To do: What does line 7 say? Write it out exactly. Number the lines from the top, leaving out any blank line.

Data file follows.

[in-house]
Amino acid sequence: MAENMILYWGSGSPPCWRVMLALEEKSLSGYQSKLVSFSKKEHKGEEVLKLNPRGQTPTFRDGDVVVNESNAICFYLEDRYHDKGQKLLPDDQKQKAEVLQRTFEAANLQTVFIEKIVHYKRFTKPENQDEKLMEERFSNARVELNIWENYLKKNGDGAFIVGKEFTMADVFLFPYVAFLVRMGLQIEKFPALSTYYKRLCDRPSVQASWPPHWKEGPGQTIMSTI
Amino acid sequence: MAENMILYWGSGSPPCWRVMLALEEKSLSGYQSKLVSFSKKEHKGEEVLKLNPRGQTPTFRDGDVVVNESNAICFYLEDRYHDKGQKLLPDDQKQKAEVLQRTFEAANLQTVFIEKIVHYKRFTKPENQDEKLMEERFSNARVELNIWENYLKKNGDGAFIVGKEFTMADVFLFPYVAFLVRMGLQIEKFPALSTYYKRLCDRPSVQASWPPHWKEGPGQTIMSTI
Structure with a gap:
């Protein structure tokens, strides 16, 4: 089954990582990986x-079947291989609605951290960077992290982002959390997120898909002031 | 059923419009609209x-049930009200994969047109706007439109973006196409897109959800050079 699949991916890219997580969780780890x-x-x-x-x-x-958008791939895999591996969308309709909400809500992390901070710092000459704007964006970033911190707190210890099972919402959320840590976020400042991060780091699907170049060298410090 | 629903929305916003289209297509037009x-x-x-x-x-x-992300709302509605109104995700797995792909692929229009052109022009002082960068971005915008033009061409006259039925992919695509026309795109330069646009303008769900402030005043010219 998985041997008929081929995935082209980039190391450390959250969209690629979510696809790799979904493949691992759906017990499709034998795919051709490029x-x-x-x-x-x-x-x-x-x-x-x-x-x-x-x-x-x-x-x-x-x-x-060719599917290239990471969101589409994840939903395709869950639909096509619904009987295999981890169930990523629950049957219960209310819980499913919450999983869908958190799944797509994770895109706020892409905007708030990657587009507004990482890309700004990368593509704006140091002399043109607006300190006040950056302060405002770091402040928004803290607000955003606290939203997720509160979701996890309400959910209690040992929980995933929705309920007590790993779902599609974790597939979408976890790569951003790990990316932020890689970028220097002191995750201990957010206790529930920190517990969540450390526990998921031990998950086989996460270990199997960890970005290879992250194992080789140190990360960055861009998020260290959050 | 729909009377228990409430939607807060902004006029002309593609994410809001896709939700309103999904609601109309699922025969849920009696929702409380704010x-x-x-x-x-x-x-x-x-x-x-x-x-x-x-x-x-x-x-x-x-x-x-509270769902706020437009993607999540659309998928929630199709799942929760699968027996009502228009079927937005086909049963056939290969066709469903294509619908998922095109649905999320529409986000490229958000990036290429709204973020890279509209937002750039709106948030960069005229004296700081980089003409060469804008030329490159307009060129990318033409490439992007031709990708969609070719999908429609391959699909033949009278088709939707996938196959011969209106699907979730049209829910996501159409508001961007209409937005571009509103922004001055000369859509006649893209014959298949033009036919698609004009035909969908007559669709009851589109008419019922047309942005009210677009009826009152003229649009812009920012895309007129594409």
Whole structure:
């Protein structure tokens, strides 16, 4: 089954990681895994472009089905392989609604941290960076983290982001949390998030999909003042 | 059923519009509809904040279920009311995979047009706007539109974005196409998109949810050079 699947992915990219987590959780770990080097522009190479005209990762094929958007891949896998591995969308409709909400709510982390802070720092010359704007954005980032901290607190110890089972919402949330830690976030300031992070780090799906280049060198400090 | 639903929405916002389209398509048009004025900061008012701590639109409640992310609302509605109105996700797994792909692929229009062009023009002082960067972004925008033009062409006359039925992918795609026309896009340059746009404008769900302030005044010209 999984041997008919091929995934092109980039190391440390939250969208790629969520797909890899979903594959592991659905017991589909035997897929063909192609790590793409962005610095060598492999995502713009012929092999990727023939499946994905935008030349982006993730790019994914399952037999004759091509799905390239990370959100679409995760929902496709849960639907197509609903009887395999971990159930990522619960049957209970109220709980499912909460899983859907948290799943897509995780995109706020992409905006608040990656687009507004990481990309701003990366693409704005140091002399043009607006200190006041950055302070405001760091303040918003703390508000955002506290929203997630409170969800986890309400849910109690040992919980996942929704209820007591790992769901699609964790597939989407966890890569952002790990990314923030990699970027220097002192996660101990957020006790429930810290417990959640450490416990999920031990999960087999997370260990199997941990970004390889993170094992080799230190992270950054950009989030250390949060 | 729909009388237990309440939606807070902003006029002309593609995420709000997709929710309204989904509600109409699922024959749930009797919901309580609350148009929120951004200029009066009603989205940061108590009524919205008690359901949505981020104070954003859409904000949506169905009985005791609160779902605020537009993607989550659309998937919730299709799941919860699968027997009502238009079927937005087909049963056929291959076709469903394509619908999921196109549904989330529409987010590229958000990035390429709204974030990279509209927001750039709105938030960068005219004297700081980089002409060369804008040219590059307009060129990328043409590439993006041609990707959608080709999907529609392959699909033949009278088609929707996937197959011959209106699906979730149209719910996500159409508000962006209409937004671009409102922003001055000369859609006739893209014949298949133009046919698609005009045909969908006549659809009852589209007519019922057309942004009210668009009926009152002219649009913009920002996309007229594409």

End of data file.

């Protein structure tokens, strides 16, 4: 089954990681895994472009089905392989609604941290960076983290982001949390998030999909003042 | 059923519009509809904040279920009311995979047009706007539109974005196409998109949810050079 699947992915990219987590959780770990080097522009190479005209990762094929958007891949896998591995969308409709909400709510982390802070720092010359704007954005980032901290607190110890089972919402949330830690976030300031992070780090799906280049060198400090 | 639903929405916002389209398509048009004025900061008012701590639109409640992310609302509605109105996700797994792909692929229009062009023009002082960067972004925008033009062409006359039925992918795609026309896009340059746009404008769900302030005044010209 999984041997008919091929995934092109980039190391440390939250969208790629969520797909890899979903594959592991659905017991589909035997897929063909192609790590793409962005610095060598492999995502713009012929092999990727023939499946994905935008030349982006993730790019994914399952037999004759091509799905390239990370959100679409995760929902496709849960639907197509609903009887395999971990159930990522619960049957209970109220709980499912909460899983859907948290799943897509995780995109706020992409905006608040990656687009507004990481990309701003990366693409704005140091002399043009607006200190006041950055302070405001760091303040918003703390508000955002506290929203997630409170969800986890309400849910109690040992919980996942929704209820007591790992769901699609964790597939989407966890890569952002790990990314923030990699970027220097002192996660101990957020006790429930810290417990959640450490416990999920031990999960087999997370260990199997941990970004390889993170094992080799230190992270950054950009989030250390949060 | 729909009388237990309440939606807070902003006029002309593609995420709000997709929710309204989904509600109409699922024959749930009797919901309580609350148009929120951004200029009066009603989205940061108590009524919205008690359901949505981020104070954003859409904000949506169905009985005791609160779902605020537009993607989550659309998937919730299709799941919860699968027997009502238009079927937005087909049963056929291959076709469903394509619908999921196109549904989330529409987010590229958000990035390429709204974030990279509209927001750039709105938030960068005219004297700081980089002409060369804008040219590059307009060129990328043409590439993006041609990707959608080709999907529609392959699909033949009278088609929707996937197959011959209106699906979730149209719910996500159409508000962006209409937004671009409102922003001055000369859609006739893209014949298949133009046919698609005009045909969908006549659809009852589209007519019922057309942004009210668009009926009152002219649009913009920002996309007229594409």